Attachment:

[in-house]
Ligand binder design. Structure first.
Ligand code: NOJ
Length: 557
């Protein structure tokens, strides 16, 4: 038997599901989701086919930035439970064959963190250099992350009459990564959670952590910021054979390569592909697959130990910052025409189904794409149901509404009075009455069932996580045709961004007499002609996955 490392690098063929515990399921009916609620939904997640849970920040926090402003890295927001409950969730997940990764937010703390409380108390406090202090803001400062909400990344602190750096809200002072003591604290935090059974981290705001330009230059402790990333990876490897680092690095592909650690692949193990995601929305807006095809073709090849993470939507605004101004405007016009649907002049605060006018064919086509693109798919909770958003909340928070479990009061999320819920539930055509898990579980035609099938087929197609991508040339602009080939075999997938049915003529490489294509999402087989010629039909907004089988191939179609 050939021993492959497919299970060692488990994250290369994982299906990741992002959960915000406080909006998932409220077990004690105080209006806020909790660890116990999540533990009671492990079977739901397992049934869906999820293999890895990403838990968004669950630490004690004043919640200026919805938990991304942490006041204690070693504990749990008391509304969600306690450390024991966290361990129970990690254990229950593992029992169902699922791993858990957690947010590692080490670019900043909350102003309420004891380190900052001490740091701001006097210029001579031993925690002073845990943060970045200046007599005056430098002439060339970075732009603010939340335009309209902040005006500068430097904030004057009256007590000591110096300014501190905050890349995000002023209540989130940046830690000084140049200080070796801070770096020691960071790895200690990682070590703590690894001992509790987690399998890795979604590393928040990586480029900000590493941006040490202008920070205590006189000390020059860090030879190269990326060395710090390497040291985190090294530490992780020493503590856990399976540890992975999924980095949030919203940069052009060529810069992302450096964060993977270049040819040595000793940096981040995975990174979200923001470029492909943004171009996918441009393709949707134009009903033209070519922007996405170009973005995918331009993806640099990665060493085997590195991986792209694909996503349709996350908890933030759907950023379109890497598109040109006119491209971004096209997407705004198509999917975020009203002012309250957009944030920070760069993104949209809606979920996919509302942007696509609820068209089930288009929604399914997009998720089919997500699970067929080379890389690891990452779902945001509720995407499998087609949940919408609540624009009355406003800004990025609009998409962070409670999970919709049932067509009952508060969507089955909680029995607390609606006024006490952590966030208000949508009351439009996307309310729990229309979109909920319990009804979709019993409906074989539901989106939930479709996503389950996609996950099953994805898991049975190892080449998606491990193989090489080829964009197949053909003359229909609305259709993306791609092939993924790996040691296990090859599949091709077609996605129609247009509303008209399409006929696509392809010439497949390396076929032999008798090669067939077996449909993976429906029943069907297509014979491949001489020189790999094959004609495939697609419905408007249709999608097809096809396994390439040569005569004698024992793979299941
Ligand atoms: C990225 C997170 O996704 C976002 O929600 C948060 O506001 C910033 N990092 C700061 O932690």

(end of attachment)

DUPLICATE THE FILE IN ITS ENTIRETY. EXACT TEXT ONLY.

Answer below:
[in-house]
Ligand binder design. Structure first.
Ligand code: NOJ
Length: 557
């Protein structure tokens, strides 16, 4: 038997599901989701086919930035439970064959963190250099992350009459990564959670952590910021054979390569592909697959130990910052025409189904794409149901509404009075009455069932996580045709961004007499002609996955 490392690098063929515990399921009916609620939904997640849970920040926090402003890295927001409950969730997940990764937010703390409380108390406090202090803001400062909400990344602190750096809200002072003591604290935090059974981290705001330009230059402790990333990876490897680092690095592909650690692949193990995601929305807006095809073709090849993470939507605004101004405007016009649907002049605060006018064919086509693109798919909770958003909340928070479990009061999320819920539930055509898990579980035609099938087929197609991508040339602009080939075999997938049915003529490489294509999402087989010629039909907004089988191939179609 050939021993492959497919299970060692488990994250290369994982299906990741992002959960915000406080909006998932409220077990004690105080209006806020909790660890116990999540533990009671492990079977739901397992049934869906999820293999890895990403838990968004669950630490004690004043919640200026919805938990991304942490006041204690070693504990749990008391509304969600306690450390024991966290361990129970990690254990229950593992029992169902699922791993858990957690947010590692080490670019900043909350102003309420004891380190900052001490740091701001006097210029001579031993925690002073845990943060970045200046007599005056430098002439060339970075732009603010939340335009309209902040005006500068430097904030004057009256007590000591110096300014501190905050890349995000002023209540989130940046830690000084140049200080070796801070770096020691960071790895200690990682070590703590690894001992509790987690399998890795979604590393928040990586480029900000590493941006040490202008920070205590006189000390020059860090030879190269990326060395710090390497040291985190090294530490992780020493503590856990399976540890992975999924980095949030919203940069052009060529810069992302450096964060993977270049040819040595000793940096981040995975990174979200923001470029492909943004171009996918441009393709949707134009009903033209070519922007996405170009973005995918331009993806640099990665060493085997590195991986792209694909996503349709996350908890933030759907950023379109890497598109040109006119491209971004096209997407705004198509999917975020009203002012309250957009944030920070760069993104949209809606979920996919509302942007696509609820068209089930288009929604399914997009998720089919997500699970067929080379890389690891990452779902945001509720995407499998087609949940919408609540624009009355406003800004990025609009998409962070409670999970919709049932067509009952508060969507089955909680029995607390609606006024006490952590966030208000949508009351439009996307309310729990229309979109909920319990009804979709019993409906074989539901989106939930479709996503389950996609996950099953994805898991049975190892080449998606491990193989090489080829964009197949053909003359229909609305259709993306791609092939993924790996040691296990090859599949091709077609996605129609247009509303008209399409006929696509392809010439497949390396076929032999008798090669067939077996449909993976429906029943069907297509014979491949001489020189790999094959004609495939697609419905408007249709999608097809096809396994390439040569005569004698024992793979299941
Ligand atoms: C990225 C997170 O996704 C976002 O929600 C948060 O506001 C910033 N990092 C700061 O932690």